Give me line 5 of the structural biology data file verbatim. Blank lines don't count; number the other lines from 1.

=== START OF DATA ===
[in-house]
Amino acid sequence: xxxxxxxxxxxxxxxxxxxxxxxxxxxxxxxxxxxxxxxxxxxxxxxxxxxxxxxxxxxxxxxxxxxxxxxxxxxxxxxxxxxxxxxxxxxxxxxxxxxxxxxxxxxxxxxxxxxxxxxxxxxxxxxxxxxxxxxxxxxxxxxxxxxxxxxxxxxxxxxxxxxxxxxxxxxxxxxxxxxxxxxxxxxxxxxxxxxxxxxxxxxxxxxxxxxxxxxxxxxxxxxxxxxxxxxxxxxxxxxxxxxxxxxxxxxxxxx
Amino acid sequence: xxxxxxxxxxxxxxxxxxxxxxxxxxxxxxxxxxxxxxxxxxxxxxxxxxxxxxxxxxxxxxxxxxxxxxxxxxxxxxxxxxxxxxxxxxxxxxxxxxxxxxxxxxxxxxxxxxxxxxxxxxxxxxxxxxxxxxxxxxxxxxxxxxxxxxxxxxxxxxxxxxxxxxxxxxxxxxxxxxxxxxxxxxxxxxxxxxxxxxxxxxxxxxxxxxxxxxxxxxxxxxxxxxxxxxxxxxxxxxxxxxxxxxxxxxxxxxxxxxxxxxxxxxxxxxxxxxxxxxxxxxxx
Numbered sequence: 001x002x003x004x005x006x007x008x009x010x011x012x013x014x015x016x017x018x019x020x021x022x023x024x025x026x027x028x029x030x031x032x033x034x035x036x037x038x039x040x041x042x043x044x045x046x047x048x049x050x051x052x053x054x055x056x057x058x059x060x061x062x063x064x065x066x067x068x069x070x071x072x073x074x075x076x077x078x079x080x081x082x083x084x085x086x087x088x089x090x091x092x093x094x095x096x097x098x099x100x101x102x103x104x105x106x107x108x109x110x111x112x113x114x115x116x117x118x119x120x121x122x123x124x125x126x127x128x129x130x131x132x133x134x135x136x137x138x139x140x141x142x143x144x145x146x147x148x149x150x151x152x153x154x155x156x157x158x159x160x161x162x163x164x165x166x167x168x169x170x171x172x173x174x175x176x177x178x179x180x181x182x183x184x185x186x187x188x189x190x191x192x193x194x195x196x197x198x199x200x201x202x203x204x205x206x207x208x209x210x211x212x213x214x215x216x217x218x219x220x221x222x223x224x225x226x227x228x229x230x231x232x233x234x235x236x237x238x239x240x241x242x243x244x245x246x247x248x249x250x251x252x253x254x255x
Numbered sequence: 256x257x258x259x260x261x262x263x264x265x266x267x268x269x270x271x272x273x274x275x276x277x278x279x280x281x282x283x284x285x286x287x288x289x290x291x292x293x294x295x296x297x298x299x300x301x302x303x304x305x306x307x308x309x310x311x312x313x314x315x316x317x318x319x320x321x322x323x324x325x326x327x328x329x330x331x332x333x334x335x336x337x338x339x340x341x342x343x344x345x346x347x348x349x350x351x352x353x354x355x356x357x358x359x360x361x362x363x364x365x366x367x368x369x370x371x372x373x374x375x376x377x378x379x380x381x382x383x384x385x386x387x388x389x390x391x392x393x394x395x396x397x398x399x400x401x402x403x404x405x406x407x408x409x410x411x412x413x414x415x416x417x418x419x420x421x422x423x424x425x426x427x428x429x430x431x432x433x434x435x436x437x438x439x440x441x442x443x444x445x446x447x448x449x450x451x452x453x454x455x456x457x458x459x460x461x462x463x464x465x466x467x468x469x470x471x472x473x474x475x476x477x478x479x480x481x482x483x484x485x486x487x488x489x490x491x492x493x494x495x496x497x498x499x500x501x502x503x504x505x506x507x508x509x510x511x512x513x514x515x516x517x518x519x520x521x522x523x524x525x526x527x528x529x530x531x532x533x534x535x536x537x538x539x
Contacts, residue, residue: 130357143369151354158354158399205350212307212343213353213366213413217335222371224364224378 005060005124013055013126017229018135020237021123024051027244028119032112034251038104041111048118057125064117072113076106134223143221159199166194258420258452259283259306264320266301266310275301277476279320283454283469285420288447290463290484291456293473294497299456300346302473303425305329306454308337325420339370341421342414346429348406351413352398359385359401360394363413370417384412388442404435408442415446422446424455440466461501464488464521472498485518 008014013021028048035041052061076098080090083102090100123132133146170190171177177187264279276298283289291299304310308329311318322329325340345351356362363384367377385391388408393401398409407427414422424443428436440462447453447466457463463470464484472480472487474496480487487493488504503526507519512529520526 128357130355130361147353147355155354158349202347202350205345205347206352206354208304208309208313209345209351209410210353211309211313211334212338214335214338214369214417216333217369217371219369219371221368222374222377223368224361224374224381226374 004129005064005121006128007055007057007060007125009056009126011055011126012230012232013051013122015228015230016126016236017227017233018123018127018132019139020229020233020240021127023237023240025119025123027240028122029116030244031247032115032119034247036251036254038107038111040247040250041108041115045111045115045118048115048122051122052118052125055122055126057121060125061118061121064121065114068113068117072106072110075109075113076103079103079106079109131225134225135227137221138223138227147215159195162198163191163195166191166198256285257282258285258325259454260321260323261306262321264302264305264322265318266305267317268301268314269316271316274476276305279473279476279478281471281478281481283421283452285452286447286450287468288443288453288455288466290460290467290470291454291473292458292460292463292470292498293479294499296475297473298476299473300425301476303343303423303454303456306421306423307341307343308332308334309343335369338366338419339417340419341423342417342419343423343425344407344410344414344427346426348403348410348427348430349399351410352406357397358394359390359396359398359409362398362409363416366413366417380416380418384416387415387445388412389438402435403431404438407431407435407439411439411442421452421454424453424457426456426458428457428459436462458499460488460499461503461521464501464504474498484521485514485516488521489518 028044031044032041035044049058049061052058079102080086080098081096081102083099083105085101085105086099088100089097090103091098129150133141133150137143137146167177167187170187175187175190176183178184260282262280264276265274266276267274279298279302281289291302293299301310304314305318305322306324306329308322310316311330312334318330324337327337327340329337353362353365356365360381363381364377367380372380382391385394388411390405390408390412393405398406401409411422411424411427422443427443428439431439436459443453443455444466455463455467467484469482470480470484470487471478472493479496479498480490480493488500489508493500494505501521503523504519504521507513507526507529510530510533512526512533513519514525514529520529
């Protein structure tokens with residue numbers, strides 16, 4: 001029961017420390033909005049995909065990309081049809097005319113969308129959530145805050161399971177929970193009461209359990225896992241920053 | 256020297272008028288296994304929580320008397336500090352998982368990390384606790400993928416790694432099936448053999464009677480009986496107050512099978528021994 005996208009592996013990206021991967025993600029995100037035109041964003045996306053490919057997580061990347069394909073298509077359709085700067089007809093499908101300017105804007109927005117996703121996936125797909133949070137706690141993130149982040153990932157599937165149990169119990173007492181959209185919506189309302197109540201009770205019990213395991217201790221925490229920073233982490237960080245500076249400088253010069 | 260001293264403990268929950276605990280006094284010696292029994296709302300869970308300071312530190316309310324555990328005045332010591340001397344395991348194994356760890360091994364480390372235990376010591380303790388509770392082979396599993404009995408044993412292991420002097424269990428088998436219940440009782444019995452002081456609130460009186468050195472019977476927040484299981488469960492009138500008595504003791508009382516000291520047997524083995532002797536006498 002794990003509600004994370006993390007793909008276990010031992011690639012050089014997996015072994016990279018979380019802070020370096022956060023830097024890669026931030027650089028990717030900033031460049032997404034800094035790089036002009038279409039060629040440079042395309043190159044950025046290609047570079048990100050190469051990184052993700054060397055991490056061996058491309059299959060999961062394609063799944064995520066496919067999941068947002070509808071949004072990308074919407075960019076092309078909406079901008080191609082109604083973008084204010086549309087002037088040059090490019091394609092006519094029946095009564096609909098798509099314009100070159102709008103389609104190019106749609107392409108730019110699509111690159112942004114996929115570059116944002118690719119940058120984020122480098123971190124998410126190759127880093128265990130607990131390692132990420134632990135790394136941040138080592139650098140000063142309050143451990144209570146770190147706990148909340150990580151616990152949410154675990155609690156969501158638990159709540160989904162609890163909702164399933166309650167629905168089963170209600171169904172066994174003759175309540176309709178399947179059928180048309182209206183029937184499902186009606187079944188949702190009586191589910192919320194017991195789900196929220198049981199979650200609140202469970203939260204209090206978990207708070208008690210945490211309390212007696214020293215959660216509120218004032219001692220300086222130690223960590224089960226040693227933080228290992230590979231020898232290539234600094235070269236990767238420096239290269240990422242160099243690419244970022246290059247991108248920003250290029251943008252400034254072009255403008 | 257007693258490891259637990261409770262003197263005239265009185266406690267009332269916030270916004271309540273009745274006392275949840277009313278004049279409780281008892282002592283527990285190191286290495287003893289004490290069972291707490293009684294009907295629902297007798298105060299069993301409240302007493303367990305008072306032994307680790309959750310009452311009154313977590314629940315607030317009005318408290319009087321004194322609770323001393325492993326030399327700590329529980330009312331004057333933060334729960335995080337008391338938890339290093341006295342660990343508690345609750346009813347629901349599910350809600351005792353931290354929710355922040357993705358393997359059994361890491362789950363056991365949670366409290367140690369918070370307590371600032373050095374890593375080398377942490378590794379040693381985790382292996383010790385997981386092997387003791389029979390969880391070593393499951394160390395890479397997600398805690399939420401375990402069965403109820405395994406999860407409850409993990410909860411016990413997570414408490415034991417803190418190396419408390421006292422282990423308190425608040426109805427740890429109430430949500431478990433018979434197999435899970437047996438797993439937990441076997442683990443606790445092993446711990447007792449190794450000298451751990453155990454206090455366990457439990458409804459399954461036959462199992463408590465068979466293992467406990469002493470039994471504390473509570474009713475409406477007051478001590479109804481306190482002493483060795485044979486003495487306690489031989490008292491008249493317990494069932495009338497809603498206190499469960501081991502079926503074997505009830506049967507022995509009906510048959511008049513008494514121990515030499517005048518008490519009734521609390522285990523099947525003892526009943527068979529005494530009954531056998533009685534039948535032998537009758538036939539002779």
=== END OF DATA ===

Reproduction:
Numbered sequence: 256x257x258x259x260x261x262x263x264x265x266x267x268x269x270x271x272x273x274x275x276x277x278x279x280x281x282x283x284x285x286x287x288x289x290x291x292x293x294x295x296x297x298x299x300x301x302x303x304x305x306x307x308x309x310x311x312x313x314x315x316x317x318x319x320x321x322x323x324x325x326x327x328x329x330x331x332x333x334x335x336x337x338x339x340x341x342x343x344x345x346x347x348x349x350x351x352x353x354x355x356x357x358x359x360x361x362x363x364x365x366x367x368x369x370x371x372x373x374x375x376x377x378x379x380x381x382x383x384x385x386x387x388x389x390x391x392x393x394x395x396x397x398x399x400x401x402x403x404x405x406x407x408x409x410x411x412x413x414x415x416x417x418x419x420x421x422x423x424x425x426x427x428x429x430x431x432x433x434x435x436x437x438x439x440x441x442x443x444x445x446x447x448x449x450x451x452x453x454x455x456x457x458x459x460x461x462x463x464x465x466x467x468x469x470x471x472x473x474x475x476x477x478x479x480x481x482x483x484x485x486x487x488x489x490x491x492x493x494x495x496x497x498x499x500x501x502x503x504x505x506x507x508x509x510x511x512x513x514x515x516x517x518x519x520x521x522x523x524x525x526x527x528x529x530x531x532x533x534x535x536x537x538x539x